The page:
The big deal here is that year after year, costs have remained the same as education scores have continued to improve and facilities in need of repair have been renovated and modernized. Conventional wisdom and pressure from the outside dictates that these costs need to go up each year, which should translate into higher taxes for residents of the area. And that is where the main point of contention is. Holding these costs down defies the routine in other school districts and probably flies in the face of the fashion in which school districts around the country function.

The Lawrence School District has over these last ten or so years blazed a new trail of educational fiscal responsibility. School districts here on Long Island and in other parts of the United States have been influenced by the Lawrence District and are even emulating the work of our board here to not raise taxes while improving the quality of the education being dispensed.

As a final note on this matter, a definite sign that the present board is serving all children of the district equitably is the fact that there is no substantive opposition to either of the two incumbents up for reelection next week. If the critics of the district had a legitimate complaint about educational services being dispensed in an imbalanced way, you can rest assured they would be fielding their own candidates to try and defeat the incumbents. They are not doing that.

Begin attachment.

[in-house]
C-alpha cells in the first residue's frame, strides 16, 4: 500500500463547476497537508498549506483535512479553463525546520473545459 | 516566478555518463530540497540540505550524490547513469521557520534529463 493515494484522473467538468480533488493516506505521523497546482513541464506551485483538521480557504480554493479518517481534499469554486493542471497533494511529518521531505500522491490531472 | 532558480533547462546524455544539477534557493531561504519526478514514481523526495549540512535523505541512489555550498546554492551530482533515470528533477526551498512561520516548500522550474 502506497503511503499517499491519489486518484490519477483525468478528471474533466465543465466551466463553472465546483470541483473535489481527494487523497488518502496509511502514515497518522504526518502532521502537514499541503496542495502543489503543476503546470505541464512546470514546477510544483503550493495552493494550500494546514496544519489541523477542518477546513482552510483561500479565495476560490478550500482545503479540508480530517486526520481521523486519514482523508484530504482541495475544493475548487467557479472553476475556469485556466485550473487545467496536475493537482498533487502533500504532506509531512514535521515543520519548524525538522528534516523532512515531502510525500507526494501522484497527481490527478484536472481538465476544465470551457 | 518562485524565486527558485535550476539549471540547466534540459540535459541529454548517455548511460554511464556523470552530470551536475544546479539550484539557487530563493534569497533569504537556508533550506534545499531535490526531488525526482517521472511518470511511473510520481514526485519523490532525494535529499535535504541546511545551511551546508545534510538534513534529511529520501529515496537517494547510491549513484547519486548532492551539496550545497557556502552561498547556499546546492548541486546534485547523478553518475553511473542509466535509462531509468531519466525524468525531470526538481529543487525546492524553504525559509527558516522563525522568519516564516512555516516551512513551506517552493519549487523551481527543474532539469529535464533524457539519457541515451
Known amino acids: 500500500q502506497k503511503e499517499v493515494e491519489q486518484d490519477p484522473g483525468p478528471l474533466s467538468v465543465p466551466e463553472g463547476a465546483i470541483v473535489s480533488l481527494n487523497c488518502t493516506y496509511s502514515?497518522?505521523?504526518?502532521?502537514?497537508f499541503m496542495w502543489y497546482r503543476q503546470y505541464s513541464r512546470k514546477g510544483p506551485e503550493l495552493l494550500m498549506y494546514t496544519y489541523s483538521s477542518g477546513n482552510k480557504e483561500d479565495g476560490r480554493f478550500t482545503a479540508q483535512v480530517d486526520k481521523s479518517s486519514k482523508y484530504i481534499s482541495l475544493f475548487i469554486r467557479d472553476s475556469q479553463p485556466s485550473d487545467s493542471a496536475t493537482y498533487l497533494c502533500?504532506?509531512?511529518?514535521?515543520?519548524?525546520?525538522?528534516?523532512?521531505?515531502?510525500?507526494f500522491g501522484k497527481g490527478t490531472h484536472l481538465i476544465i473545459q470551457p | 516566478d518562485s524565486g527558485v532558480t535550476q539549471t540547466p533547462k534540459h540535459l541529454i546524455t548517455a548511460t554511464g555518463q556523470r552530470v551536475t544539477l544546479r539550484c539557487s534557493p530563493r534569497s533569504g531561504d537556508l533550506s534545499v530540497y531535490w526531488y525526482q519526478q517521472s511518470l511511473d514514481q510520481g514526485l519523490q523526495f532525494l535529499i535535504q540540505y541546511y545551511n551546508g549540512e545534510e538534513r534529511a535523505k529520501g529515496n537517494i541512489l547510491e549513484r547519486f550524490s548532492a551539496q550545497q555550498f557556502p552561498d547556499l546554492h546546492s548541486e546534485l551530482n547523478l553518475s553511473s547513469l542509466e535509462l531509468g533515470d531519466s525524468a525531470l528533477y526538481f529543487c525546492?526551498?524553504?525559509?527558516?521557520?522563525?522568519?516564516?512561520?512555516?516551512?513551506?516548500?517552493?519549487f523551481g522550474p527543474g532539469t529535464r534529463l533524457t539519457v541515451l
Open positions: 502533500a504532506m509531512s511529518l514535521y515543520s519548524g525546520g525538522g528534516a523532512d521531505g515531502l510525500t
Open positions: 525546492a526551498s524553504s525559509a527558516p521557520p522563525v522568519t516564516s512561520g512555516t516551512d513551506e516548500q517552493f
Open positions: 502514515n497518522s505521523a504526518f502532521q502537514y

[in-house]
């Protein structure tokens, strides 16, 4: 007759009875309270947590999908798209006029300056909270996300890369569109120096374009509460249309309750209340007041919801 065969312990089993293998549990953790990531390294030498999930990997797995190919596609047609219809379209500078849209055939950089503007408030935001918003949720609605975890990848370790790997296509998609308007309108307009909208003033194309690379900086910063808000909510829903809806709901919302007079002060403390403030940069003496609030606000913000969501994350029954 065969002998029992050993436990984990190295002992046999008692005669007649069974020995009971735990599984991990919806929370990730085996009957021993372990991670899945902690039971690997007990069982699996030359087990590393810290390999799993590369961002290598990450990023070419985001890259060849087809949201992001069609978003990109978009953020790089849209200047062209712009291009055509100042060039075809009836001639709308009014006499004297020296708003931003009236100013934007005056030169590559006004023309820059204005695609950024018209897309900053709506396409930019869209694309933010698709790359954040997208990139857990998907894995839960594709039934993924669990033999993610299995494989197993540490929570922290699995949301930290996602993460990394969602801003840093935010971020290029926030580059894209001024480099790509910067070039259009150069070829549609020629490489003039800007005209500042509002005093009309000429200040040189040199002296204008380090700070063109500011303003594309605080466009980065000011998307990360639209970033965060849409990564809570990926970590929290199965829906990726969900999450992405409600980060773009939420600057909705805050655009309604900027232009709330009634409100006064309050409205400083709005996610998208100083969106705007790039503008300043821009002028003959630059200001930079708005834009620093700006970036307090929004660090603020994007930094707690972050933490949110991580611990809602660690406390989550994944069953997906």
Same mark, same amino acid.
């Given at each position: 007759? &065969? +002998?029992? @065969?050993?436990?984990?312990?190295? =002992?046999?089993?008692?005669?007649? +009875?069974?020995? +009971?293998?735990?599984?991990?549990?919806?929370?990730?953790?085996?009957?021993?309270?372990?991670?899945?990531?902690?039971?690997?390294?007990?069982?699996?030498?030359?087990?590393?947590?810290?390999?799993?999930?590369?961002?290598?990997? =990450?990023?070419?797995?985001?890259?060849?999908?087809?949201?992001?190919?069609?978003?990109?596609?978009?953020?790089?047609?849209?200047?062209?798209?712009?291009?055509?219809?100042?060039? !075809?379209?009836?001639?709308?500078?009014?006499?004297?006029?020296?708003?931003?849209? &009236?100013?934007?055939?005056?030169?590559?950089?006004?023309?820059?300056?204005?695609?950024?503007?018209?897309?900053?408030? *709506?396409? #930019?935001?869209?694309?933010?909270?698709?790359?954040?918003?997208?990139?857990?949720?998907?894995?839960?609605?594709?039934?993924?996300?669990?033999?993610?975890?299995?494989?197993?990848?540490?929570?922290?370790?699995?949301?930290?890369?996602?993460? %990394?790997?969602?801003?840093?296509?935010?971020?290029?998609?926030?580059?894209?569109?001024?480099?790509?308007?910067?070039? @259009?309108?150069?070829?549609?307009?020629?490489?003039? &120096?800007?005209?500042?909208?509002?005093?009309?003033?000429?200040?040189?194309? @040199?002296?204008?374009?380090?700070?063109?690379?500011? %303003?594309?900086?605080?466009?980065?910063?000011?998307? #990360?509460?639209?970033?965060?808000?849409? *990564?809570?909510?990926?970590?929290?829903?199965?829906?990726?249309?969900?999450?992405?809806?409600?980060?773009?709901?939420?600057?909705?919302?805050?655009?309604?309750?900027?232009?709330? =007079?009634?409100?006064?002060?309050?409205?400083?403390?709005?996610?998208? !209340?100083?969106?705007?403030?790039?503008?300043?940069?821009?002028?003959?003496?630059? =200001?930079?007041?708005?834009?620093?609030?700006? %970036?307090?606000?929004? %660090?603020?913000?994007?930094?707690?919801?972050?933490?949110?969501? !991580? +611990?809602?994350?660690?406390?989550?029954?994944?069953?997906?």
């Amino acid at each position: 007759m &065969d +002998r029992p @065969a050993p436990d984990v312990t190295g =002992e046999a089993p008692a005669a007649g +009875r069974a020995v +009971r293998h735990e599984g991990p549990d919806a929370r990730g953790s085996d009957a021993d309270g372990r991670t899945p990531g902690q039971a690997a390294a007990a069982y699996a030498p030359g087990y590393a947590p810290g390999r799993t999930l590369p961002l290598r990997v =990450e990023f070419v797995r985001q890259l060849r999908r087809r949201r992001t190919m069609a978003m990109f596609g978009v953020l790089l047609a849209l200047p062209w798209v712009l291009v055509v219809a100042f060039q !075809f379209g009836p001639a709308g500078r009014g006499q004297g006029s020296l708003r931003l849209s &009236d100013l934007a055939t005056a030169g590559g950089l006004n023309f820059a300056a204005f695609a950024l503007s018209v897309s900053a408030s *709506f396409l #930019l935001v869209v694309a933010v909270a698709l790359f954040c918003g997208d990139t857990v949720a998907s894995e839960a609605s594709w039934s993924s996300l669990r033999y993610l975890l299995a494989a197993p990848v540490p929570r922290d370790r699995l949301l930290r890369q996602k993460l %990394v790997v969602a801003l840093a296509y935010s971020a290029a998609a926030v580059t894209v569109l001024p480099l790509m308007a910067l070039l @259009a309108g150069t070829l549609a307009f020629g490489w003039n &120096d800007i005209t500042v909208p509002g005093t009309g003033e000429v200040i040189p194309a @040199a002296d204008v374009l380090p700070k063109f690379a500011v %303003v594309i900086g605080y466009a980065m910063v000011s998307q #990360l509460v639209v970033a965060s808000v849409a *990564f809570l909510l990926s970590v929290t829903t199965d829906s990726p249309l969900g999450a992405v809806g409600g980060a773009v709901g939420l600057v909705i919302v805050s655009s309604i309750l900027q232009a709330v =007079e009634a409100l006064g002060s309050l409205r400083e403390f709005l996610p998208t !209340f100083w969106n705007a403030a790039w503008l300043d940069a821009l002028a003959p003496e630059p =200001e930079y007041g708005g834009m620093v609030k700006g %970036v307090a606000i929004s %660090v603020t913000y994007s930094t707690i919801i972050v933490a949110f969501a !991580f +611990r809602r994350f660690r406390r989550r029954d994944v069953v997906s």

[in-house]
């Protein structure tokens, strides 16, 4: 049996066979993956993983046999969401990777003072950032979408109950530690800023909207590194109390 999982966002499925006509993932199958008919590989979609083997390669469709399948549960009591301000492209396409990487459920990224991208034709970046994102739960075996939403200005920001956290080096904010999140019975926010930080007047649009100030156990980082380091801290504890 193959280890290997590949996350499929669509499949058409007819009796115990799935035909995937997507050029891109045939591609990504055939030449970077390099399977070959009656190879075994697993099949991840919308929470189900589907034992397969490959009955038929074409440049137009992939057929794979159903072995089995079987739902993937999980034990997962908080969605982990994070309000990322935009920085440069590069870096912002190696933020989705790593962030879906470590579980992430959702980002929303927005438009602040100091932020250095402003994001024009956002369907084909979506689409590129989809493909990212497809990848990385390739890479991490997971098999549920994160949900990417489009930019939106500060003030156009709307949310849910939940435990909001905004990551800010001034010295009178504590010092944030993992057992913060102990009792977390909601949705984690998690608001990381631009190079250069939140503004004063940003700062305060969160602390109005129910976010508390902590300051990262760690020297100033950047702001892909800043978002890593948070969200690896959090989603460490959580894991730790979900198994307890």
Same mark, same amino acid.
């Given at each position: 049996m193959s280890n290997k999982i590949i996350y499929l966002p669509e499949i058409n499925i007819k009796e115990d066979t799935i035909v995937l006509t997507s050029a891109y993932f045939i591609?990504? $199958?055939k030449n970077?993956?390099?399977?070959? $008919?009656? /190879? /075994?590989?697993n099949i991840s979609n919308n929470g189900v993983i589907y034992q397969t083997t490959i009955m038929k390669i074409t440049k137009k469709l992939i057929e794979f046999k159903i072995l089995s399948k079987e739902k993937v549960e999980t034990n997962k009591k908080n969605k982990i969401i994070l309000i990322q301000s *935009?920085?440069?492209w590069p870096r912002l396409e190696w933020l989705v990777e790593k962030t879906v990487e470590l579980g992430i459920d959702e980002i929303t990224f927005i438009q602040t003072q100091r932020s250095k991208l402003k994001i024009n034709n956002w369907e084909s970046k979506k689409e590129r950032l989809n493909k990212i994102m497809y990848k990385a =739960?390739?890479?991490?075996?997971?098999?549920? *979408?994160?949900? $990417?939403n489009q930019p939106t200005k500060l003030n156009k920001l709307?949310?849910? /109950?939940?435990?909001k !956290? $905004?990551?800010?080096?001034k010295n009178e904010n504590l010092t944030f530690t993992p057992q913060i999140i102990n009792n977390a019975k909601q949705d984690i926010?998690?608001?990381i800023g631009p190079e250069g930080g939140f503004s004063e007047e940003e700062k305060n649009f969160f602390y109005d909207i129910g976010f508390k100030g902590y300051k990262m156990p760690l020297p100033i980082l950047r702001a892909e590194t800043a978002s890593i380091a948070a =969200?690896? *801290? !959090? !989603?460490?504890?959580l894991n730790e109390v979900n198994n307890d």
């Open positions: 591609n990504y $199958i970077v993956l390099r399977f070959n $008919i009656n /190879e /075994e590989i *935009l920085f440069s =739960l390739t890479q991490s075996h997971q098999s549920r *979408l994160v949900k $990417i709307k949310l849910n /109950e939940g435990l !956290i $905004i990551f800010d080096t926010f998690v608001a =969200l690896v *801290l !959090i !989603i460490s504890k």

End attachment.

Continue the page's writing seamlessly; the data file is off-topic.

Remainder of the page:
The weakness and danger here is apathy, complacency, and the current board’s ineffectiveness on the matter of informing the community about what is at stake. Now it is just a few days before the election and it is expected that very few people are actually going to go out to the polls and cast a vote in favor of candidates who are committed to staying the course — that is, maintaining the current budget level, improving the quality of education, and continuing to update the aging facilities.

Election Day is Tuesday, May 15. It’s your move. 

Follow 5 Towns Jewish Times on Facebook, Instagram, and Twitter for updates and live videos. Comments, questions, and suggestions are welcome at and on Facebook, Instagram, and Twitter.


Please enter your comment!
Please enter your name here